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It is Christmas Day in York. A woman is found dead in her bed. A suicide note is found on her chest. It reads "I am so sorry Martin". Hours later, the police are called to a house a few miles away. A mother and her daughter have been brutally attacked; the mother is dead and the daughter is barely alive. The father is found shaking uncontrollably in the corner of the room. He is covered in blood but he is unharmed. His name is Martin Willow.
Detective Sergeant Jason Smith is put in charge of the investigation. After reaching dead end after dead end, Smith starts to put the pieces together and figures out that Martin Willow is innocent and the killer is still out there.
The little girl who was attacked on Christmas Day wakes from her coma and gives Smith a clue about the attacker; a piece of a song she heard directly before the attack. Smith then finds himself in a race against time to find this maniac before he kills again.
Customer ReviewsMost Helpful
By Sires on 06-27-16
Could have used Some Further Editing
I downloaded the kindle book then bought the Audible Whispersynced version based on the Amazon reviews. I started out following along with the text while the narrator read it. That is something I rarely do. However, it did show me that the book does need a good editing. Words as read by the narrator were not the same words in the Kindle book. Also there were things that outright puzzled me. For instance a British character asked DS Smith for his badge. Since Smith is plain clothes he would have a warrant card as his ID rather than a badge.
The first quarter was interesting as DS Smith investigates a possible suicide and at another location a homicide of a mother as well as a vicious assault on her daughter. The obvious suspect is the father who was found in the house in a traumatized state.
However Smith is put on leave following a violent assault on a prisoner (which his supervisors make clear they are going to cover up. I found this a little odd. Usually collusion is not so obvious, even in fiction.) Smith then goes off on an investigation related to the disappearance of his sister 10 years ago in Australia. I didn't find it particularly thrilling.
Finally, the story gets back to the original plot and a .resolution.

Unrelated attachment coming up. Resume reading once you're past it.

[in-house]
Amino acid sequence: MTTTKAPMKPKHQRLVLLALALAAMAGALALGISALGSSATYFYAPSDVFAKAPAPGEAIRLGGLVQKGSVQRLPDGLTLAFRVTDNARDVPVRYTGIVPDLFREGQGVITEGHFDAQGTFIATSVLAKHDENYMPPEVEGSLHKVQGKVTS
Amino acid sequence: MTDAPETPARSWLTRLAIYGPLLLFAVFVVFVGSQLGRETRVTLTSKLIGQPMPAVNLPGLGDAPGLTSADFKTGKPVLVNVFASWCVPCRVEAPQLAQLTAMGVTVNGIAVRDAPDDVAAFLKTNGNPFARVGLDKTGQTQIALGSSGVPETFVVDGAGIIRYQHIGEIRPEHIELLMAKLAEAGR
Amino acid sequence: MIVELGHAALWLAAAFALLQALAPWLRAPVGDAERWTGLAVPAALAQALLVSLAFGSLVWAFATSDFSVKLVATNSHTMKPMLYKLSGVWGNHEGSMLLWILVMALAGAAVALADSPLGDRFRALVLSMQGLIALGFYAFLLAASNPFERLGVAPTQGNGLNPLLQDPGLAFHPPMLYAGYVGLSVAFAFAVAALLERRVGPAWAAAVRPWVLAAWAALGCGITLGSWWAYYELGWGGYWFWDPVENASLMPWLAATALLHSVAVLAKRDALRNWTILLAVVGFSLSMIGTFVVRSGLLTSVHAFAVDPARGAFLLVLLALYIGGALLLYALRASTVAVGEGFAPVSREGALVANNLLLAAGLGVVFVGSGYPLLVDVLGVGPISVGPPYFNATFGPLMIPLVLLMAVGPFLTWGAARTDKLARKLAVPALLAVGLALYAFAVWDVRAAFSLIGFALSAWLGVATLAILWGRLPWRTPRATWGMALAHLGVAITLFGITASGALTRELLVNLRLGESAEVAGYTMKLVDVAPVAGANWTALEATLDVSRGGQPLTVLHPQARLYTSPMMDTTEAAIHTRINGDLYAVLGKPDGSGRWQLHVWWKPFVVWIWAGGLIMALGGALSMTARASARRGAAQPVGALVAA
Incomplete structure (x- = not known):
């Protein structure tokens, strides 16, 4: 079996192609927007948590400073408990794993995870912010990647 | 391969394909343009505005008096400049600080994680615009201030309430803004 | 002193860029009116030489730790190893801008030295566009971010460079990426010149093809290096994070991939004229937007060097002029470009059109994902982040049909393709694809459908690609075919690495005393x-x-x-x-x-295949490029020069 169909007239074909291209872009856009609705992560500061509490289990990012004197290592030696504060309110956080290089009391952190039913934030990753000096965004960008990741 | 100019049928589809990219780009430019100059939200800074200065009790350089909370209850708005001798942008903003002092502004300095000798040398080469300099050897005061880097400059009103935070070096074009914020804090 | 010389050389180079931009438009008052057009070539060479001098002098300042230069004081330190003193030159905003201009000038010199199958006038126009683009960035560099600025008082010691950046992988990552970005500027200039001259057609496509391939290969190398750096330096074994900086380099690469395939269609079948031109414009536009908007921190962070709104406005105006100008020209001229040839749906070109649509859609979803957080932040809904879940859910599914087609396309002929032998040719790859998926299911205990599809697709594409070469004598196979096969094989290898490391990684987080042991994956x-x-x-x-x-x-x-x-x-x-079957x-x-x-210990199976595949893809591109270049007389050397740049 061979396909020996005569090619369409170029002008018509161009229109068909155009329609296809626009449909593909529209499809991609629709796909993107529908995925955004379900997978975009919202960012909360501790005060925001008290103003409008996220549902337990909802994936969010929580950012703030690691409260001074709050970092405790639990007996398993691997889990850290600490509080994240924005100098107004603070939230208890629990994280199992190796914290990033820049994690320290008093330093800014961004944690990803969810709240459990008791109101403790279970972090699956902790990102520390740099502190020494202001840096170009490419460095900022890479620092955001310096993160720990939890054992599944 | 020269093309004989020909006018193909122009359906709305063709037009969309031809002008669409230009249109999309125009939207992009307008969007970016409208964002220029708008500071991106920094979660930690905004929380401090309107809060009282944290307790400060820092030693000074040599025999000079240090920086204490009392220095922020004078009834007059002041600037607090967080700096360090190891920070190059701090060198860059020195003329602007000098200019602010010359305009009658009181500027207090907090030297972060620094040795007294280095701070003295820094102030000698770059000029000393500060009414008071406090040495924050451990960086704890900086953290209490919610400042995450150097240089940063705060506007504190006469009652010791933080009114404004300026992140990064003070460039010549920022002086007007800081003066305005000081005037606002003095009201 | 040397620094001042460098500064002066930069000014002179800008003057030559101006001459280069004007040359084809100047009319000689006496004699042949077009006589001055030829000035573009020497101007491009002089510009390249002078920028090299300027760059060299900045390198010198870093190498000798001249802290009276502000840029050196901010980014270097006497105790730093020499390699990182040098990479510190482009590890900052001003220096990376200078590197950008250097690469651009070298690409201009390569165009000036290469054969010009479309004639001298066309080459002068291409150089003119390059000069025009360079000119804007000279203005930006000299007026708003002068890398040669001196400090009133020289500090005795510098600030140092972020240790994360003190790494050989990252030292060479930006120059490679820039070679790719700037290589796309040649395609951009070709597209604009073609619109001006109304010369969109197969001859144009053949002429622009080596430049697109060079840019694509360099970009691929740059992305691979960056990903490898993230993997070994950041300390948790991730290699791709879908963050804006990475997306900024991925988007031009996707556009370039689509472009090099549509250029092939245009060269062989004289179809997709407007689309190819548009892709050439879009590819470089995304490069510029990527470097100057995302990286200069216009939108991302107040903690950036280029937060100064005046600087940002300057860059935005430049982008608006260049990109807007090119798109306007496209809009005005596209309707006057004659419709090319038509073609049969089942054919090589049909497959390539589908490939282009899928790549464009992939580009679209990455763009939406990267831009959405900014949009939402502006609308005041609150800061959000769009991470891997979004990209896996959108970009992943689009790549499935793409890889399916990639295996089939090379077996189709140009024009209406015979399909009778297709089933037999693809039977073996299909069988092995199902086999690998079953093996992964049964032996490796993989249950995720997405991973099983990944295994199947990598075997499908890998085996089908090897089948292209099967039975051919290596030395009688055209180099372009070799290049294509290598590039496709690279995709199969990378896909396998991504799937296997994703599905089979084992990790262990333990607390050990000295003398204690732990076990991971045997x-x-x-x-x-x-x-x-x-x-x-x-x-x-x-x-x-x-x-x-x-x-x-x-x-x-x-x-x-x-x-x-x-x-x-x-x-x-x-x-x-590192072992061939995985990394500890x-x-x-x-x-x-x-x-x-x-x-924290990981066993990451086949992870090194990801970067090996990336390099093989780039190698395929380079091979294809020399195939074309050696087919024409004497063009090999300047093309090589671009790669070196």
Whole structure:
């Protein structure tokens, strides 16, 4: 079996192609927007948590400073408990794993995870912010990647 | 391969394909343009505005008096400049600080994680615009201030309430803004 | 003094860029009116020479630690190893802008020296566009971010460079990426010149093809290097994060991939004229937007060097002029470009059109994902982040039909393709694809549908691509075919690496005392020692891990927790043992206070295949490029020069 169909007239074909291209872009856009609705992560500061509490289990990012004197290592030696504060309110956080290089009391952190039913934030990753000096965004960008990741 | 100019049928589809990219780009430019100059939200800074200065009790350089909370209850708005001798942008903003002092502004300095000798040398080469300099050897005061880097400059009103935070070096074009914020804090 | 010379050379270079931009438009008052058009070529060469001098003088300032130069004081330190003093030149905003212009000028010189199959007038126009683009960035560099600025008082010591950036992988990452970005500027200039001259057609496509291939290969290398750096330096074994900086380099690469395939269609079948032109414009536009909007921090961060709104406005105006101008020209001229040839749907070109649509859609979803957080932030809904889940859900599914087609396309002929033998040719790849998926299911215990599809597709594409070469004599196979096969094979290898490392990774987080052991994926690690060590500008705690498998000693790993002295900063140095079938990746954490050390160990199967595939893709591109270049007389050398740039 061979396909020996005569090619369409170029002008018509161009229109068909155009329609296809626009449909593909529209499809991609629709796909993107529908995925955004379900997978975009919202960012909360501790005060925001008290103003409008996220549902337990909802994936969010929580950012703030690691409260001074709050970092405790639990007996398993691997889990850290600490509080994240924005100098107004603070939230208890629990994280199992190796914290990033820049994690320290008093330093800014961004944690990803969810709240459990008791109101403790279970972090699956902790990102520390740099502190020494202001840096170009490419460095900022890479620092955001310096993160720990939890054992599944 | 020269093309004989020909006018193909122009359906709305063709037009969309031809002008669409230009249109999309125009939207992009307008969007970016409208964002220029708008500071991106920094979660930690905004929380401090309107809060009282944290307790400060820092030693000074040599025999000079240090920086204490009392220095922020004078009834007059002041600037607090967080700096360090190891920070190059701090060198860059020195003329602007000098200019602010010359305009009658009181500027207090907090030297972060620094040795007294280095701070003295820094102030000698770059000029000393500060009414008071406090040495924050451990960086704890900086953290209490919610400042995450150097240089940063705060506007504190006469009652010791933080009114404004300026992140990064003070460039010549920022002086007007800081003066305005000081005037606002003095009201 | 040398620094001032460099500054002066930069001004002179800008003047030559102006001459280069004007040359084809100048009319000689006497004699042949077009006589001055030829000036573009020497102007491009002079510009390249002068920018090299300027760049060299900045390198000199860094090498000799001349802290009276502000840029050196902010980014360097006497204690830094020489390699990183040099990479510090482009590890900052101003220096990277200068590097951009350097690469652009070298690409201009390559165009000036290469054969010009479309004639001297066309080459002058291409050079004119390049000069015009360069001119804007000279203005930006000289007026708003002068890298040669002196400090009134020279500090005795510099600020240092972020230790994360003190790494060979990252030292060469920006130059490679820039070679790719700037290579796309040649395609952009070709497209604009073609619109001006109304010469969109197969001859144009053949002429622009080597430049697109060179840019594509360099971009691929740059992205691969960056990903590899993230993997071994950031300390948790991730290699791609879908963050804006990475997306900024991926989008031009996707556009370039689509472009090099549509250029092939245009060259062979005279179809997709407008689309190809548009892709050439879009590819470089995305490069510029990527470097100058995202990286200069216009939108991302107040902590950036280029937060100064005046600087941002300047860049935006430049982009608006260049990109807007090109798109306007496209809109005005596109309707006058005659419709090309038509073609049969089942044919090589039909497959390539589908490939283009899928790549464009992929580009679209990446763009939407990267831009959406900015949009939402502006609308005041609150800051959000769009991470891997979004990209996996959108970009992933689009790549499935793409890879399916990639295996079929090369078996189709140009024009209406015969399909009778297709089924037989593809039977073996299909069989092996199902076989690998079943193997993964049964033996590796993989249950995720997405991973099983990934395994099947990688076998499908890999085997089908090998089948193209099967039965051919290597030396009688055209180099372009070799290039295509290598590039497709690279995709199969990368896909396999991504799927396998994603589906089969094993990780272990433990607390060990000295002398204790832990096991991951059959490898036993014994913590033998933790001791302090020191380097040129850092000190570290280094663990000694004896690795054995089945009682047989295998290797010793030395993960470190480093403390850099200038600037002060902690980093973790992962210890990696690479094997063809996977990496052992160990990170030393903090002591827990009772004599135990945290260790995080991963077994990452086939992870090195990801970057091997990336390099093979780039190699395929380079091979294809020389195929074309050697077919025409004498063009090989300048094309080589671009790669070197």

The narrator did the best he could with the material and I would listen to another book read by him. There's a three volume Kindle ebook by Giles which contains this story and two others which I plan to read sometimes soon to see if Giles manages to find an editor.
2 of 2 people found this review helpful
Customer ReviewsMost Helpful
By Simon on 07-11-18
Brilliant 5 star audio book
This is technically the first in the series, although Stewart has since published a prequel book, Phobia, which is 5 short stories. The book is a great introduction to Jason Smith, an ex-Australian living in York, as we get to meet him properly for the first time and are introduced to his life and back story.
I really enjoyed the start of the book where we learn all about Smith and what made him change from studying to be a Lawyer to joining the Police Force and also what motivates him throughout his life.
To start with I wasn’t sure how this story would go as I thought I had guessed the murderer straight away, but as the story developed I realised it wasn’t going the way I thought it was so had to re-think everything. I did guess who the murderer was about half way through, although I wasn’t 100% sure as I didn’t have a motive for them to have done it. The ending was still very nail-biting as I wasn’t sure how it would end and whether the murderer would manage to escape or not. The ending was very shocking but was very apt considering.
One of the things I did enjoy in the book was the sub-plot involving Smith’s sister who disappeared under the water back in his home town in Australia, although the way it happened and the coincidences along the way did stretch believability a tiny bit. Even with this though it was a great and engaging sub-plot, which I can’t say much about without giving lots away.
I also had this on audio so when I was driving or decorating I was also listening to the audio version, which took a bit of getting used to as I felt the narrator could be a bit monotone and not exciting enough for me, but when I got used to his way of talking and reading I got into it more, and the fact that the book was so engaging and made me not want to stop reading that made me persevere with the narration.
Overall I thought this was a brilliant book, which I would highly recommend both the book and audio versions of.